Los Angeles County Supervisor Hilda Solis danced cautiously around some controversial topics when she spoke to a downtown crowd of political insiders and power brokers Wednesday.
She was the speaker at the Los Angeles Current Affairs Forum luncheon, run by public affairs consultant Emma Schafer, who also compiles the political blog Emma’s Memos. Lawyers, transportation business executives and engineering firm representative were in the audience at The Palm. Solis is a good person for them to know. Most have business with either the county or the Metropolitan Transportation Authority. Solis is not only a member of the five- person Board of Supervisors, which has influence on projects throughout the county, but she is also on the MTA board, in charge of building and running transit lines.
I’d never heard Solis, who was elected to succeed Gloria Molina last year after serving as U.S. labor secretary and a member of Congress. She had little opposition and few campaign appearances. I had a much clearer take on Sheila Kuehl, who was speaking all over the place in her intense race with Bobby Shriver. So I was curious. Solis is sharp, pleasant and has a practiced technique of smiling her way through troublesome questions without giving much of an answer.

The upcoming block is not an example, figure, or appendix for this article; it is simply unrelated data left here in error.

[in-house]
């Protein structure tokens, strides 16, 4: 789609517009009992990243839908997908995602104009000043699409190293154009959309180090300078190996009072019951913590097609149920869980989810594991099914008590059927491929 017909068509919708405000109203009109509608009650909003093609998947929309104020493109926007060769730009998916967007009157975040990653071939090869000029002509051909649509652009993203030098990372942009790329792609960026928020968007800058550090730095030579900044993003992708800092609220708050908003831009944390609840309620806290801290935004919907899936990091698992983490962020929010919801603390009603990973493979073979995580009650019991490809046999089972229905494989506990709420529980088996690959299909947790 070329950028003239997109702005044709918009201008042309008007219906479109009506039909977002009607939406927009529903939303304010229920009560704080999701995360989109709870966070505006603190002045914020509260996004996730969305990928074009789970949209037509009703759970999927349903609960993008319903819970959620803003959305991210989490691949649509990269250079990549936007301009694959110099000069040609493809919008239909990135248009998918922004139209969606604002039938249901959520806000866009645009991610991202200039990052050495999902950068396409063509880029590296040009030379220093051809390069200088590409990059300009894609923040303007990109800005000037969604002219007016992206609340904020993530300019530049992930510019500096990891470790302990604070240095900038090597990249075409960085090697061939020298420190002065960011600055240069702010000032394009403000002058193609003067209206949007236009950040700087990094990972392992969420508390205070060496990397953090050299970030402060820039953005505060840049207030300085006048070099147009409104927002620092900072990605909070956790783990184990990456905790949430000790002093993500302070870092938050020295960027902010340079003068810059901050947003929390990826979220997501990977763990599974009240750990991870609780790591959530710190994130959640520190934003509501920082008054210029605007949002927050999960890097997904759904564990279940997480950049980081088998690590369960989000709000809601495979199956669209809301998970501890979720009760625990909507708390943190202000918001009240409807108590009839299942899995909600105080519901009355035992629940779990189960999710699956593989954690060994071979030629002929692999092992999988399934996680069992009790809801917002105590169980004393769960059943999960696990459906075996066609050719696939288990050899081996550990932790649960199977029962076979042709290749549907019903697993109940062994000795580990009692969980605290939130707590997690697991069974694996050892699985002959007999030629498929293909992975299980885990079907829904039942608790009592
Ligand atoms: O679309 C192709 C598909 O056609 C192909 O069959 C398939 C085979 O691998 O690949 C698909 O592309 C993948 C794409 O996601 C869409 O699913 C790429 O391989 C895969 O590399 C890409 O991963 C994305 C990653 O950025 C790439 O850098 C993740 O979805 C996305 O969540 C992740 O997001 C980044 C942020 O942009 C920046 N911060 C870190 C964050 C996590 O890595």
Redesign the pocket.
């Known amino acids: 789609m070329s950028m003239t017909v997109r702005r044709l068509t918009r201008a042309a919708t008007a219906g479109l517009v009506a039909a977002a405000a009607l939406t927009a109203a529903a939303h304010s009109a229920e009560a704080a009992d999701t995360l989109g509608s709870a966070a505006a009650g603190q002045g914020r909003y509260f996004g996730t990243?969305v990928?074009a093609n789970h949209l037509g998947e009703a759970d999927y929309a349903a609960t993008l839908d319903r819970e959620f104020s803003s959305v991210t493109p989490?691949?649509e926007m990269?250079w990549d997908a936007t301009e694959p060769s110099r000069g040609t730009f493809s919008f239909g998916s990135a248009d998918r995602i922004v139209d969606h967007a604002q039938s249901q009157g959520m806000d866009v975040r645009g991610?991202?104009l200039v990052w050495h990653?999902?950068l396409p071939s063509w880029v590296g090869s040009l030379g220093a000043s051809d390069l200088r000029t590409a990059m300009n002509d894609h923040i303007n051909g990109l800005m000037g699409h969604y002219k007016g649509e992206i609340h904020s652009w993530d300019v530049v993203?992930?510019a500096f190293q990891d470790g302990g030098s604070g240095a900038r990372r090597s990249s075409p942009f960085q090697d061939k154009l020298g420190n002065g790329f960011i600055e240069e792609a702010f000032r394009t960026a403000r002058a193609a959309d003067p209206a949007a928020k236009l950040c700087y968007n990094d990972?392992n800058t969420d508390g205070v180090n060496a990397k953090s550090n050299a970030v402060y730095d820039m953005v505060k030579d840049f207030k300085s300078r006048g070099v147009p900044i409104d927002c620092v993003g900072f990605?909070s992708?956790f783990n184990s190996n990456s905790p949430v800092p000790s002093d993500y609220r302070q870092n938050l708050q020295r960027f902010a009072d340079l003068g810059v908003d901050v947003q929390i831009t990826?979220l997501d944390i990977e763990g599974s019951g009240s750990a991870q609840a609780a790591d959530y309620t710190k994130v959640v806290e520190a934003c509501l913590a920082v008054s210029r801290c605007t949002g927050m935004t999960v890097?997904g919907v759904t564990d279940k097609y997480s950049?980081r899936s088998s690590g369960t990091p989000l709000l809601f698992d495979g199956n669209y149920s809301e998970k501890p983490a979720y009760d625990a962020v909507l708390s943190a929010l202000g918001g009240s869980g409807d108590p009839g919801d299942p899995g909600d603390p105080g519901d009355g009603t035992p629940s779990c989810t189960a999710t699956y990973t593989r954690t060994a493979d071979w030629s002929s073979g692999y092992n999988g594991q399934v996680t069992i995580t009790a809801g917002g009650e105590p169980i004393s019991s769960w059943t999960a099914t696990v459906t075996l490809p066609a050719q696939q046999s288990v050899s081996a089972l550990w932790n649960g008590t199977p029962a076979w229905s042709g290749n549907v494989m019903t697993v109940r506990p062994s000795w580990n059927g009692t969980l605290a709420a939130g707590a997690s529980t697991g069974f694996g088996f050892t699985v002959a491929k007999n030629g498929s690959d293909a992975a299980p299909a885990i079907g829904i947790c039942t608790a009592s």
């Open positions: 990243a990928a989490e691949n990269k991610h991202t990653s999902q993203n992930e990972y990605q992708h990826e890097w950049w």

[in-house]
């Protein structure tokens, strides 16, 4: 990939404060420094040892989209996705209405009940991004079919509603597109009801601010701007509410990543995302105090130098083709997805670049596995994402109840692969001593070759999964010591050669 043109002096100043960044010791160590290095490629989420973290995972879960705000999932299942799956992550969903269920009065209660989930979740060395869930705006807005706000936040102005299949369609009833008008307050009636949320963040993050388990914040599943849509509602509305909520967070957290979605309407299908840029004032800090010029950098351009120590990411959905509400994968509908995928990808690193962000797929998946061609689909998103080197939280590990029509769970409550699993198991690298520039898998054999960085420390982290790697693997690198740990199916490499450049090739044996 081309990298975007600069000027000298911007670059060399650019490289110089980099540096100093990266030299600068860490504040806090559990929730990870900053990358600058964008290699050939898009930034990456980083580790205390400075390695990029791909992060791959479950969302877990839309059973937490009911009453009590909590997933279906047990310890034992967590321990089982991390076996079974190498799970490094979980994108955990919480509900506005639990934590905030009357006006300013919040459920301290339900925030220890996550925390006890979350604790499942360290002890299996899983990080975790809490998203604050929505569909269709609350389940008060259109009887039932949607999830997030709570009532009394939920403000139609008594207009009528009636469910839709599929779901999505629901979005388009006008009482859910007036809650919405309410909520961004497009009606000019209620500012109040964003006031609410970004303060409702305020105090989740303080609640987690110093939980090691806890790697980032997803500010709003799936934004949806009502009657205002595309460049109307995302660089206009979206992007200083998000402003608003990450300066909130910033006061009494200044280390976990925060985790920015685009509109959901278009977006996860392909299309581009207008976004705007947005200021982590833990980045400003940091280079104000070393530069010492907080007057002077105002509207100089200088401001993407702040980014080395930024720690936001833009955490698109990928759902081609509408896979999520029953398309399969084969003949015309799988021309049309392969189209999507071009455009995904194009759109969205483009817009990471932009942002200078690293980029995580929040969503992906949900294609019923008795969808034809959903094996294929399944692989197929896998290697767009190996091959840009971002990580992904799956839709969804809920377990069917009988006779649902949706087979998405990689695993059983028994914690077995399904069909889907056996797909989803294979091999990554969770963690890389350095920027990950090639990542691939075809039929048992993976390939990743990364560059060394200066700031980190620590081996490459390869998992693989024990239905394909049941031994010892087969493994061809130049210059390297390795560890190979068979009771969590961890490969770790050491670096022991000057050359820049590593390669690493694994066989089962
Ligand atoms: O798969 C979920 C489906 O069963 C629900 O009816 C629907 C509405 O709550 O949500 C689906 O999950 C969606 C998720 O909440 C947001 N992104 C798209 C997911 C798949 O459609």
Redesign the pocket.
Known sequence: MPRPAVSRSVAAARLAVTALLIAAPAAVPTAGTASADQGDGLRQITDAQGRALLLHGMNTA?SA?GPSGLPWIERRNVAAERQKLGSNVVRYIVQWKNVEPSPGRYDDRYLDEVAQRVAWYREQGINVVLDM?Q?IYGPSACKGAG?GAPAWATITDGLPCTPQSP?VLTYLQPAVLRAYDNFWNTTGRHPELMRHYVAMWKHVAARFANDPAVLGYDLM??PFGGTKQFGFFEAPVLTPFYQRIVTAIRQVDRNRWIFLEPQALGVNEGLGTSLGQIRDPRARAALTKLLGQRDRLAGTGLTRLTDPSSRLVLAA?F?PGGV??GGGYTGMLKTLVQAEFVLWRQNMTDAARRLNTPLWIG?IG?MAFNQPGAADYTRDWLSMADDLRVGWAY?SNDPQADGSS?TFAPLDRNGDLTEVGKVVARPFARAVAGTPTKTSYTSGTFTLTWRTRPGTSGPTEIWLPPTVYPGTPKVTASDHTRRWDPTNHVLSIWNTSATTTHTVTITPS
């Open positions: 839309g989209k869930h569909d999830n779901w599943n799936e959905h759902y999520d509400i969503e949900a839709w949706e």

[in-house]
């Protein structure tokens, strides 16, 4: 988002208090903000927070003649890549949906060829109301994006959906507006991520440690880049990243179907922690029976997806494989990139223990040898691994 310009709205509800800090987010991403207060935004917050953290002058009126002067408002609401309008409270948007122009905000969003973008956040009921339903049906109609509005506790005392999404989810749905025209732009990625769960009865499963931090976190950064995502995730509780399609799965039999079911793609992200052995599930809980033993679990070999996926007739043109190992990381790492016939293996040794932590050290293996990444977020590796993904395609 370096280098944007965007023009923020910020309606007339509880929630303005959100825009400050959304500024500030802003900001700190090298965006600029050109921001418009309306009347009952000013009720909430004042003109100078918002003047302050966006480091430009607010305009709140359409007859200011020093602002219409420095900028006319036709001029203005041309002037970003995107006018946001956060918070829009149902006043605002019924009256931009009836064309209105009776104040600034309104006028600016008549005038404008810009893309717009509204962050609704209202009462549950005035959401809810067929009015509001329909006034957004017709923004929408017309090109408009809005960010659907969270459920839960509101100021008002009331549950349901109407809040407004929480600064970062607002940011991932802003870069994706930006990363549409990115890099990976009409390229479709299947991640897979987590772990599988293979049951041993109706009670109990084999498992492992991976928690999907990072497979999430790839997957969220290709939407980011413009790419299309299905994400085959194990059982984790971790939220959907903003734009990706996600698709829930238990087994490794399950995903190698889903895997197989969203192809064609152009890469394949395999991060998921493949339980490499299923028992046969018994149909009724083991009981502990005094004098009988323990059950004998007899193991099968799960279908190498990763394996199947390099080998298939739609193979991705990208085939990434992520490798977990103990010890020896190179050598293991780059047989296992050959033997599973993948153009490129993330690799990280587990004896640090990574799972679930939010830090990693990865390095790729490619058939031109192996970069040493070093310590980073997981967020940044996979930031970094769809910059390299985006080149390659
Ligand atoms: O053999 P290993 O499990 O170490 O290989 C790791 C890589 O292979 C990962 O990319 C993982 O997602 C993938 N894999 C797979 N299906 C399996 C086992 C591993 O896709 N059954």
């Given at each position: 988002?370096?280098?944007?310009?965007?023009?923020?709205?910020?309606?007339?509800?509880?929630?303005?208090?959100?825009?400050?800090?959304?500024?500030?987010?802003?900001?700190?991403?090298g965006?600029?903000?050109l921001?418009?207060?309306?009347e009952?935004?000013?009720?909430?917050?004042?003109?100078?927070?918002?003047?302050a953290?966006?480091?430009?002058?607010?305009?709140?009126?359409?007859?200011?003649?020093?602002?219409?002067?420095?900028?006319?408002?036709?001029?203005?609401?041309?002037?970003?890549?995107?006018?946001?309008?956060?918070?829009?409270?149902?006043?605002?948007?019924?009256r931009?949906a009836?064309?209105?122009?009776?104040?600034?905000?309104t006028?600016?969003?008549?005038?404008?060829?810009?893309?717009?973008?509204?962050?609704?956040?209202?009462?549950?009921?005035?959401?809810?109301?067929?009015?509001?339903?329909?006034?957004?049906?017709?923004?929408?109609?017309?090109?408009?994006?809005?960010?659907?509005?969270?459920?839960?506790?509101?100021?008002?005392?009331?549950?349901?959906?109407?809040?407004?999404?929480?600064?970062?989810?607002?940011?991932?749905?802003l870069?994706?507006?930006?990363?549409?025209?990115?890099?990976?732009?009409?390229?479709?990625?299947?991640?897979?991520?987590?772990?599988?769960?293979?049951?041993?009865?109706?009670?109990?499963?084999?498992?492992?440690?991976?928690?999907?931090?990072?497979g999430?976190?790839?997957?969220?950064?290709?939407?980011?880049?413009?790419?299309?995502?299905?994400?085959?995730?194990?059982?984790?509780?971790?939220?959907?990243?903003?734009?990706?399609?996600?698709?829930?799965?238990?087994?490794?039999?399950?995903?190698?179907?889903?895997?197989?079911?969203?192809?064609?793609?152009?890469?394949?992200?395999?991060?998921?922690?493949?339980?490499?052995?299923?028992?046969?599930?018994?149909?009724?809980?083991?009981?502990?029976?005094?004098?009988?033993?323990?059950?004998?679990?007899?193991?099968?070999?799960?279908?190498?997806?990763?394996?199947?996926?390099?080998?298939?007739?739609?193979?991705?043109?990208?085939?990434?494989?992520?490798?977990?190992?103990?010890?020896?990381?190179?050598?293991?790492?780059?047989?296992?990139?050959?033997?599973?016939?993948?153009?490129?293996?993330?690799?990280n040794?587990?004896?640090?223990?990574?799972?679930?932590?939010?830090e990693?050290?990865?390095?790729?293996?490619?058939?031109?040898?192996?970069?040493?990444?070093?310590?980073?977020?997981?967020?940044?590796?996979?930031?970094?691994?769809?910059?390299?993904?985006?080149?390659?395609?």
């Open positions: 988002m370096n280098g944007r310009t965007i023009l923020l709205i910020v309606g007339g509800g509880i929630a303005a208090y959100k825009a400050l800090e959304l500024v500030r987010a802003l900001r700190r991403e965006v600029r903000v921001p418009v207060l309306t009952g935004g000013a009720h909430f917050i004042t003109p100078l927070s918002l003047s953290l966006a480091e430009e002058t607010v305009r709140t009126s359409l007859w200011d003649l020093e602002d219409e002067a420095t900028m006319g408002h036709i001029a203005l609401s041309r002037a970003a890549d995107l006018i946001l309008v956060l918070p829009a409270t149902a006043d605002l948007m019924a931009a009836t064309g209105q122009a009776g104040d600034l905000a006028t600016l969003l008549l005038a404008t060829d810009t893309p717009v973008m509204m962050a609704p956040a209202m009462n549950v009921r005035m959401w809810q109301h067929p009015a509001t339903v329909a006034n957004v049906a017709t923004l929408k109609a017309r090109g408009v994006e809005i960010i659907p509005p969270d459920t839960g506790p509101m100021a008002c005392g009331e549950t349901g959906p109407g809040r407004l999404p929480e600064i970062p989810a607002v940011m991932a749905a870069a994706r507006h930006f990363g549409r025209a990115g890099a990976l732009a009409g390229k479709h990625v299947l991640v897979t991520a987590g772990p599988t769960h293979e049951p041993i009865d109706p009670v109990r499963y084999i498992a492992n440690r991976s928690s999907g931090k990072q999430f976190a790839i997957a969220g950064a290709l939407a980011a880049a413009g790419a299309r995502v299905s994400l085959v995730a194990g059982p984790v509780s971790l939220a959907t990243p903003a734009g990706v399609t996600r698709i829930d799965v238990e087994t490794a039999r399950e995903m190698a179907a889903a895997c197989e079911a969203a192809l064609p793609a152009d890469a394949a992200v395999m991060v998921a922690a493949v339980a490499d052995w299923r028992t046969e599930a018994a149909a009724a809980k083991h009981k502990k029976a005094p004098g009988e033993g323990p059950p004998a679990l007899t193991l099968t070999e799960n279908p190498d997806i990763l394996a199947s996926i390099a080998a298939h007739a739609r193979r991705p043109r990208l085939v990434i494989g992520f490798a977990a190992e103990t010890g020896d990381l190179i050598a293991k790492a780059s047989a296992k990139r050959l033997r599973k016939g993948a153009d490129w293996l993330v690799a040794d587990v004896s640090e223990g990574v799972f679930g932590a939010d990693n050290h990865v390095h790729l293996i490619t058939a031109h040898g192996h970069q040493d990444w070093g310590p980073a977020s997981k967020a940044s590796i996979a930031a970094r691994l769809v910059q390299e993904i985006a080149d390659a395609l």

I asked her about her stand on future negotiations with the unions, which represent county workers. The county unions supported Kuehl in that election and previously enthusiastically helped elect Supervisor Mark Ridley-Thomas. That gives the unions three friendly seats on the board. Molina and then Supervisor Zev Yaroslavsky, while liberal Democrats, often tangled the unions.
She said she’d approach the matter “very diligently." What’s she going to do in negotiations? Determine costs of proposals to see what the county can support. She said it would be a challenge. The only light she shed on the subject was to say she’d be “a big change from being antagonistic.” The blunt Molina was famous for not getting along with people, some of them union leaders.
Solis was also cautious in discussing two projects—approval of a big hotel-apartment-retail development on Bunker Hill downtown and completion of the 710 Freeway. The freeway project would have to be environmentally sound and the Bunker Hill development would have to serve more than rich people, she said. She is chair of the Grand Avenue Authority, the city- county body overseeing Bunker Hill development.
A laborers’ union executive was at the head table and his members build freeways, office buildings, hotels and much more. So Solis made it clear that her comments on the projects doesn’t mean she’s hostile to construction. She talked positively about the MTA transit projects underway, words pleasing to the union leaders and transportation engineers and lobbyists in the room. They came to lunch for that kind of reassurance.